Elton John attempted to help George Michael

ELTON JOHN:  Opens up about his failed attempt to help George Michael

Elton John says he "tried to wrap my arms" around George Michael to convince his friend and fellow artist that he needed help for his substance problems. 

Appearing on Britain's channel 4, the Rocket Man explained that his best intentions failed, because George wasn't ready to admit he had a problem.

Elton John tells Britain's channel 4 about his failed attempts to help George Michael:

"You can't help people who don't want to help themselves. I've learned that as an addict -- and I am 28 years clean and sober. When people told me when I was using that I was doing the wrong thing, I was so angry and‍ I just told them to go away -- or actually, stronger language than that. So I understand George's... When I said a couple of things and he took a...did a whole page interview in Heat magazine and saying I should shut up. And I understood what his reaction is. Addiction is a horrible thing."

George wasn't ready to take the most important step. Elton knows what it's like to be in that situation.

Elton John talks to Britain's channel 4 on the addict's self-denial:

"There's nothing you can do till you actually say, 'OK, I need help.' It's very hard... took me 16 years to say that. I know I'm intelligent, and I have a problem. I can go for six months without it, but it always got worse when I started back on it. And in the end of the day, addition is very serious problem and it needs to be addressed by yourself and you need help from people -- whether it's Alcoholics Anonymous or going to rehab, just having the humility to say, 'I have a problem. I can't do this. Can somebody help?"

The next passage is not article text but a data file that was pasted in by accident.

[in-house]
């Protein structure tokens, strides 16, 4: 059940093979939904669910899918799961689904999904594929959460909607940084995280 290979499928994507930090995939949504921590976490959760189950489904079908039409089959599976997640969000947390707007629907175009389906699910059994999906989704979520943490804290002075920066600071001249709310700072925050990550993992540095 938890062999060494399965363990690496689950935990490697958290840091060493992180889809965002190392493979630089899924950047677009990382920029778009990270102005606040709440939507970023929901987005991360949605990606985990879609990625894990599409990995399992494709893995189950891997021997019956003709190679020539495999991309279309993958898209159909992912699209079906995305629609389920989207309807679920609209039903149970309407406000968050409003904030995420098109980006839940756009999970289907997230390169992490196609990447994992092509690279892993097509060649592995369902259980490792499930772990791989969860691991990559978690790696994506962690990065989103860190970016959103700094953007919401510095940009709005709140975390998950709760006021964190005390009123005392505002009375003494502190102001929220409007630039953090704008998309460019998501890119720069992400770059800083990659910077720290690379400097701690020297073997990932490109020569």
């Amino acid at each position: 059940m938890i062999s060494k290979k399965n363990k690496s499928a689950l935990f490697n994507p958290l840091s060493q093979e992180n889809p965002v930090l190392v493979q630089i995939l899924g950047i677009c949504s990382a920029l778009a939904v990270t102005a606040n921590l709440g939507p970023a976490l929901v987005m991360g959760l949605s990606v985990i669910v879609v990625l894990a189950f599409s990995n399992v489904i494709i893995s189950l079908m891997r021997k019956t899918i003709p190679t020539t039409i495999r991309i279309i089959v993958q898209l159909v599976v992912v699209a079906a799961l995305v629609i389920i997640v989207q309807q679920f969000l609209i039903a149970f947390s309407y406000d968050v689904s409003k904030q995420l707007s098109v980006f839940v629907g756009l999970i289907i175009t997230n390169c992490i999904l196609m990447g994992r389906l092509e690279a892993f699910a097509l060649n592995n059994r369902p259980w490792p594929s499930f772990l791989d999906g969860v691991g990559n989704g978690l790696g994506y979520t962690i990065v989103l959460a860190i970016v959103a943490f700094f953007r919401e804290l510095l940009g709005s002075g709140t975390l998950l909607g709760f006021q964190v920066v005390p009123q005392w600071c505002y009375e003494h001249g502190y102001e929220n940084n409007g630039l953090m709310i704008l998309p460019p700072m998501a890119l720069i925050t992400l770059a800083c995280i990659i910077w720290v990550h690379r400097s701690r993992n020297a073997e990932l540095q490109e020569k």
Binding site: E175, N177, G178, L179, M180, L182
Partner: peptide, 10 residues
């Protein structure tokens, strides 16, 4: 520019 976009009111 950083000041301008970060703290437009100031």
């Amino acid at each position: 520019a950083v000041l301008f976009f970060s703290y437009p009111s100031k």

Eric Clapton, who volunteers his time as a drug and alcohol counselor, and who founded the Crossroads Center Antigua rehab facility 20 years ago, concurs.

Eric Clapton draws from his own addiction experience in rejecting good advice and shutting out those who offered it:

"I know when people used to say to me, 'I think you've got a problem.' My general thing was to never deal with that person again. I would make sure they never came around again. Or I would never -- I would cross the road. It's tricky to know whether or not to say that to someone. Most of the time, I work on the principle that I don't do anything unless some asks for me for their help and then, I'm in. But if that person isn't ready, there's no point in saying anything at all. Some people have to go all the way down before they can be helped and it really has to come from them."

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